MBT Trail Coordinator Chris Brule – It’s midnight, I pull up to the motel I booked for the next three nights. After witnessing uncomfortable interactions in front of my door, I proceed into my non-smoking room, repulsed by smells of cigarettes, dirty laundry and mildew. Skeptical, to say the least, I quickly found another hotel. Lesson one learned on my trip to Grand Junction, CO: if you’re going to the desert, just sleep in your dang truck.
Looking forward to a weekend in the desert, the following days were filled with engaging, educational sessions presented by renowned trail professionals. Oh, and world-class riding of course. Just as valuable were the opportunities to network, ride, and drink beer with other builders and designers after each day.
Reflecting on several pages of notes from the conference, each day was filled with new, valuable information that will be applied to our trails plan right here in Teton Valley. While there is always room for improvement, the hard and fast numbers validate and reinforce our current MBT Crew building and design techniques, which include utilizing grade reversals*, contouring *and reducing average trail grades. Back at home, in reflecting, I’m now more confident that our trail crew will be able to continue to stay current on the most sustainable building techniques and strive to improve our planning, design and build process.
A few thoughts: Ideally, sustainable trails conform to the terrain and environment without causing serious degradation and they ultimately require minimal maintenance. Each trail, technically sustainable or not, falls somewhere on a continuum. It’s our responsibility, both as a mountain bike and trails advocacy organization and as a community, to create and manage trails that are on the higher end of this continuum while embracing all the present environmental and social aspects. From these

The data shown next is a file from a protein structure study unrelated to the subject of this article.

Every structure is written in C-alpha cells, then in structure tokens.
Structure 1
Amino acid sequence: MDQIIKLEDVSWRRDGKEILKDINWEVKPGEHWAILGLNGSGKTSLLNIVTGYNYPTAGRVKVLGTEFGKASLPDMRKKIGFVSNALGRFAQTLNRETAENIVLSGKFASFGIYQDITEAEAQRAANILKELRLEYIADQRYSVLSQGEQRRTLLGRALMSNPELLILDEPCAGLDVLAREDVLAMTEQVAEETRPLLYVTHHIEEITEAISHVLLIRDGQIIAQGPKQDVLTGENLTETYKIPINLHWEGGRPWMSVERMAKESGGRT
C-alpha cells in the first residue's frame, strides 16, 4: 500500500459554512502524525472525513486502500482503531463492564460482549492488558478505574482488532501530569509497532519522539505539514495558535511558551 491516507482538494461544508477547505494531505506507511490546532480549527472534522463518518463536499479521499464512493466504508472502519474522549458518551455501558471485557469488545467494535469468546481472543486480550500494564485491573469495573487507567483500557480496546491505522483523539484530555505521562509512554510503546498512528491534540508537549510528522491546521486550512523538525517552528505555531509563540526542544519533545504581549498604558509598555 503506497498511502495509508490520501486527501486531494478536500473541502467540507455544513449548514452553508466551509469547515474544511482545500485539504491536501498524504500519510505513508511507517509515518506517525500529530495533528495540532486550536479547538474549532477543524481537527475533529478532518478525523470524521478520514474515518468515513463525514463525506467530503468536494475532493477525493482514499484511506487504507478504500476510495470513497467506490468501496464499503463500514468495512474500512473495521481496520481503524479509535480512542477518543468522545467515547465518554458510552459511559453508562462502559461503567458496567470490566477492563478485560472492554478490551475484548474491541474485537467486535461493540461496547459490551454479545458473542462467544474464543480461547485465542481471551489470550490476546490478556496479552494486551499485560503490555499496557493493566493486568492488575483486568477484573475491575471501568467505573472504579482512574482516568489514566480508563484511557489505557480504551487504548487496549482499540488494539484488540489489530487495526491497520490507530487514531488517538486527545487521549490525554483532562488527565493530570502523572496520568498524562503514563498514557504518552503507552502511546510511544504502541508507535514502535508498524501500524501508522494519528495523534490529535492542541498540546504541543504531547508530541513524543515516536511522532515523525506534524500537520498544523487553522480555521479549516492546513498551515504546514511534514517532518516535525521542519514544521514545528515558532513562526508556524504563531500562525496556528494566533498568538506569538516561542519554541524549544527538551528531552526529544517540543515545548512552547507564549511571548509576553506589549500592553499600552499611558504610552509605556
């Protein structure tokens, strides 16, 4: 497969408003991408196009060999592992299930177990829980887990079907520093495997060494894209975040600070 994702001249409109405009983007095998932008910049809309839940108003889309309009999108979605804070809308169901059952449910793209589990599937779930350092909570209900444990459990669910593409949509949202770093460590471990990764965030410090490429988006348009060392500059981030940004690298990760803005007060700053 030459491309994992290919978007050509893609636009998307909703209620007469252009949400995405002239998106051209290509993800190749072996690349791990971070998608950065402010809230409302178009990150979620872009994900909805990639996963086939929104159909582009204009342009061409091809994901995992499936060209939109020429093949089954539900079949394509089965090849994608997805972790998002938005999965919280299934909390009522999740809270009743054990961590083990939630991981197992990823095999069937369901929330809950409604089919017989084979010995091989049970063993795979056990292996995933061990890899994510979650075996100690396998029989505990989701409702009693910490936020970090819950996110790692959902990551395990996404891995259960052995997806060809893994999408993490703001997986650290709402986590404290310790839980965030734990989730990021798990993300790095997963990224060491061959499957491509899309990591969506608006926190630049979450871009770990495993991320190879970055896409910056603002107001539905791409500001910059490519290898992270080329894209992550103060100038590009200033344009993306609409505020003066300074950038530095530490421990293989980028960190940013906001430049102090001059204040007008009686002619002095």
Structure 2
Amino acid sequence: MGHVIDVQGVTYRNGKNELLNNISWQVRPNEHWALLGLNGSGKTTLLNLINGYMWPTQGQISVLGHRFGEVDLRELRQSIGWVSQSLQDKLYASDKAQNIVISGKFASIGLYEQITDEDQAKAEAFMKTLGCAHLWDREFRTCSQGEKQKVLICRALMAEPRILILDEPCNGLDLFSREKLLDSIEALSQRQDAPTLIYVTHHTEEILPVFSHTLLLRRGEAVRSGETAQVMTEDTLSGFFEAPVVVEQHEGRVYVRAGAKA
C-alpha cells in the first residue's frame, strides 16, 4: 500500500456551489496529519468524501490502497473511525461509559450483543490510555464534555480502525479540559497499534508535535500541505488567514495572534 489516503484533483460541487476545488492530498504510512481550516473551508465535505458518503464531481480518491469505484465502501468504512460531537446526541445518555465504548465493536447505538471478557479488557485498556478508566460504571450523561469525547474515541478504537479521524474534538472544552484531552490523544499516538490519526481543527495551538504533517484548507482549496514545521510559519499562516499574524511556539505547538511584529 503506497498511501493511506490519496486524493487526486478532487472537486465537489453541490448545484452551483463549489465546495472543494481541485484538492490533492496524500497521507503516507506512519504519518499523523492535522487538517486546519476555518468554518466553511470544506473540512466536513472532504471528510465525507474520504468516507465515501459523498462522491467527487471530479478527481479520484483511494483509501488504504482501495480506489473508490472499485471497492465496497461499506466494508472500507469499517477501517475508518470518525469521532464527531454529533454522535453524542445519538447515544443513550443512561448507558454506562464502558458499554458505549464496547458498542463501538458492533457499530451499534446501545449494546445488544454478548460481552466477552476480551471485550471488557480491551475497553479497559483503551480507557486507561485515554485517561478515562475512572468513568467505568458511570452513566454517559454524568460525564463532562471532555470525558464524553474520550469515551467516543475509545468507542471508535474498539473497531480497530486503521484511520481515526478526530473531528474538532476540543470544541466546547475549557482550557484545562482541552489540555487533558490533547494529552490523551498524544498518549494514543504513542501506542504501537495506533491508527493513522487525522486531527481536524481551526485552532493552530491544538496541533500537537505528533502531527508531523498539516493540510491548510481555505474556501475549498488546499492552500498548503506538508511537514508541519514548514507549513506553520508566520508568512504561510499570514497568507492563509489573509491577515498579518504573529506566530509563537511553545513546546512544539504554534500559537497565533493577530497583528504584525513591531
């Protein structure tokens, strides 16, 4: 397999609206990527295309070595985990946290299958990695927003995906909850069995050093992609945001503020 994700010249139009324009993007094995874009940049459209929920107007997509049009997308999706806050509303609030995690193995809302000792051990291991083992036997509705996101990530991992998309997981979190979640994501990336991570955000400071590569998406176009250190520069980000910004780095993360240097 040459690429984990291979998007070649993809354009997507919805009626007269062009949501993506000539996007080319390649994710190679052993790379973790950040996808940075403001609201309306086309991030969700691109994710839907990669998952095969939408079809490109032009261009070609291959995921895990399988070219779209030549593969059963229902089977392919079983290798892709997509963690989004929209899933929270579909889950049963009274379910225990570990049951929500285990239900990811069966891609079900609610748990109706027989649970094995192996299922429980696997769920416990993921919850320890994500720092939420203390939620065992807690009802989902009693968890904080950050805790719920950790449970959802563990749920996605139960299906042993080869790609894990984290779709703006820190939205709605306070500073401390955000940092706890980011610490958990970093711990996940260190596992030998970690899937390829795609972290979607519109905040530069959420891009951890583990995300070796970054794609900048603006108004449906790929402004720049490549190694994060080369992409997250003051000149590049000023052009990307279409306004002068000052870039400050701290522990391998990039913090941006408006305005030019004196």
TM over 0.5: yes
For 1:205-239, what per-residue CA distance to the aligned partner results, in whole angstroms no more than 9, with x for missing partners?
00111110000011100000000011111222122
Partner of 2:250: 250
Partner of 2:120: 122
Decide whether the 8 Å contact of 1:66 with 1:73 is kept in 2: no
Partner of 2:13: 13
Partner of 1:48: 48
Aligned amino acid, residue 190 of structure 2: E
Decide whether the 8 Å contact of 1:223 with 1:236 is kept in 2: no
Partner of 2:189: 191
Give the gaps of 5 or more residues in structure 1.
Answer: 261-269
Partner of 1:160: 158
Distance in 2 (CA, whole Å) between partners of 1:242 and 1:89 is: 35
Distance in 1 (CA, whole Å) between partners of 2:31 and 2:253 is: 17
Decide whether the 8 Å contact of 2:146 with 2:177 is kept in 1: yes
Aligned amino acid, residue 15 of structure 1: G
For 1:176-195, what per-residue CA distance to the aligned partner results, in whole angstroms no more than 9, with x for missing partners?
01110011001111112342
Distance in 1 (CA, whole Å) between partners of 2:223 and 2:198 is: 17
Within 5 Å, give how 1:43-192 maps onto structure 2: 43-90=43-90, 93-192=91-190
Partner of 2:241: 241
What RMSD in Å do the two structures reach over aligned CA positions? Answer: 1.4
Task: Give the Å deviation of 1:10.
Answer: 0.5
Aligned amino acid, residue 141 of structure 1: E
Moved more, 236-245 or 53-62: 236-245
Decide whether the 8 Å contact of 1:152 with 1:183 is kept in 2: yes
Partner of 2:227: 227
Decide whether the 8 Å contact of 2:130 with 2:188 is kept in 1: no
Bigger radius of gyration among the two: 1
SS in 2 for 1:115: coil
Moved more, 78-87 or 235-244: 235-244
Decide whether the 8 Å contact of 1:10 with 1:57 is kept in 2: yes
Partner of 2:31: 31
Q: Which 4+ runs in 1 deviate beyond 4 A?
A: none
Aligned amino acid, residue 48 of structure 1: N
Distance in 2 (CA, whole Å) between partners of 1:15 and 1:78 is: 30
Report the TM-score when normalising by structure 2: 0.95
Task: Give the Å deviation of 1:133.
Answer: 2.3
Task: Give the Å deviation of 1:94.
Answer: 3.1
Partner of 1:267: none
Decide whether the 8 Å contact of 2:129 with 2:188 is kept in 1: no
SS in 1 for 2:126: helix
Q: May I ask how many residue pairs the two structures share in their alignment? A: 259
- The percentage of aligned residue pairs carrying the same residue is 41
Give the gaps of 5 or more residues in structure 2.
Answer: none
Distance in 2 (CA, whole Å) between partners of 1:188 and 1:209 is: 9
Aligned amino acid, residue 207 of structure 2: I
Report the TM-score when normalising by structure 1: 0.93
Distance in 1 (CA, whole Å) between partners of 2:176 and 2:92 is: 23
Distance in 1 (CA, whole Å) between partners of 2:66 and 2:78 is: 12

“The MBT Trail Crew will strive to retain character within existing trails, design trails for success and create trails with intent. We will build on the higher end of the continuum of sustainability to achieve long-lasting, fun and aesthetically pleasing trails in our region.”
To give a glimpse into the conference, topics included: Success for the 80%, Top 10 Trail Fails, Sustainable Trails 101, Pumptrack 2.0, Clino* over Ego and Tools for Trails. Each of these course topics
I am grateful for the opportunity provided by your year-end donations to attend this year (dingy motel room or not) and really appreciate all those who support our trails!
Grade – The grade (also called slope, incline, or gradient) of a feature is the vertical distance of ascent or decent of the trail expressed as a percentage of the horizontal distance.
Contouring– Following imaginary contour lines around a mountain or canyon to get from point A to point B, rather than going up and down on a direct path.
Clino (Clinometer) – A instrument used to measure slope angles. Crucial to trail design and planning.